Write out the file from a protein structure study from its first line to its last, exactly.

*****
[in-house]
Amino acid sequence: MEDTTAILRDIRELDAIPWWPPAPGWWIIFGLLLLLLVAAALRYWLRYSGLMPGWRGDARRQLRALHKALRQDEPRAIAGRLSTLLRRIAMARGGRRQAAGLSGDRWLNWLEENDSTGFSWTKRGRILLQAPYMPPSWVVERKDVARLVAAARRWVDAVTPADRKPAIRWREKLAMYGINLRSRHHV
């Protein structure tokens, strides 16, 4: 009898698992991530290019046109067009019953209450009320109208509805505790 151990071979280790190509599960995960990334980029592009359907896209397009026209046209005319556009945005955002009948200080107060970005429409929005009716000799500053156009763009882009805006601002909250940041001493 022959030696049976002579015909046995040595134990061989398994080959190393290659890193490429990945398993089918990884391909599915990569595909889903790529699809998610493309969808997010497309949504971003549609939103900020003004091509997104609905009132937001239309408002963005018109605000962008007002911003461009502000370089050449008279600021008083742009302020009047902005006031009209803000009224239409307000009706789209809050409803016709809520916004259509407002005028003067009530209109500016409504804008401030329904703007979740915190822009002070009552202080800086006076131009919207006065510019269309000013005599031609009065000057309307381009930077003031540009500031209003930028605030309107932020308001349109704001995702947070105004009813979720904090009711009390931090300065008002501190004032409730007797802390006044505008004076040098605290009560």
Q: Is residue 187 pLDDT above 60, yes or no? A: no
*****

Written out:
[in-house]
Amino acid sequence: MEDTTAILRDIRELDAIPWWPPAPGWWIIFGLLLLLLVAAALRYWLRYSGLMPGWRGDARRQLRALHKALRQDEPRAIAGRLSTLLRRIAMARGGRRQAAGLSGDRWLNWLEENDSTGFSWTKRGRILLQAPYMPPSWVVERKDVARLVAAARRWVDAVTPADRKPAIRWREKLAMYGINLRSRHHV
């Protein structure tokens, strides 16, 4: 009898698992991530290019046109067009019953209450009320109208509805505790 151990071979280790190509599960995960990334980029592009359907896209397009026209046209005319556009945005955002009948200080107060970005429409929005009716000799500053156009763009882009805006601002909250940041001493 022959030696049976002579015909046995040595134990061989398994080959190393290659890193490429990945398993089918990884391909599915990569595909889903790529699809998610493309969808997010497309949504971003549609939103900020003004091509997104609905009132937001239309408002963005018109605000962008007002911003461009502000370089050449008279600021008083742009302020009047902005006031009209803000009224239409307000009706789209809050409803016709809520916004259509407002005028003067009530209109500016409504804008401030329904703007979740915190822009002070009552202080800086006076131009919207006065510019269309000013005599031609009065000057309307381009930077003031540009500031209003930028605030309107932020308001349109704001995702947070105004009813979720904090009711009390931090300065008002501190004032409730007797802390006044505008004076040098605290009560």
Q: Is residue 187 pLDDT above 60, yes or no? A: no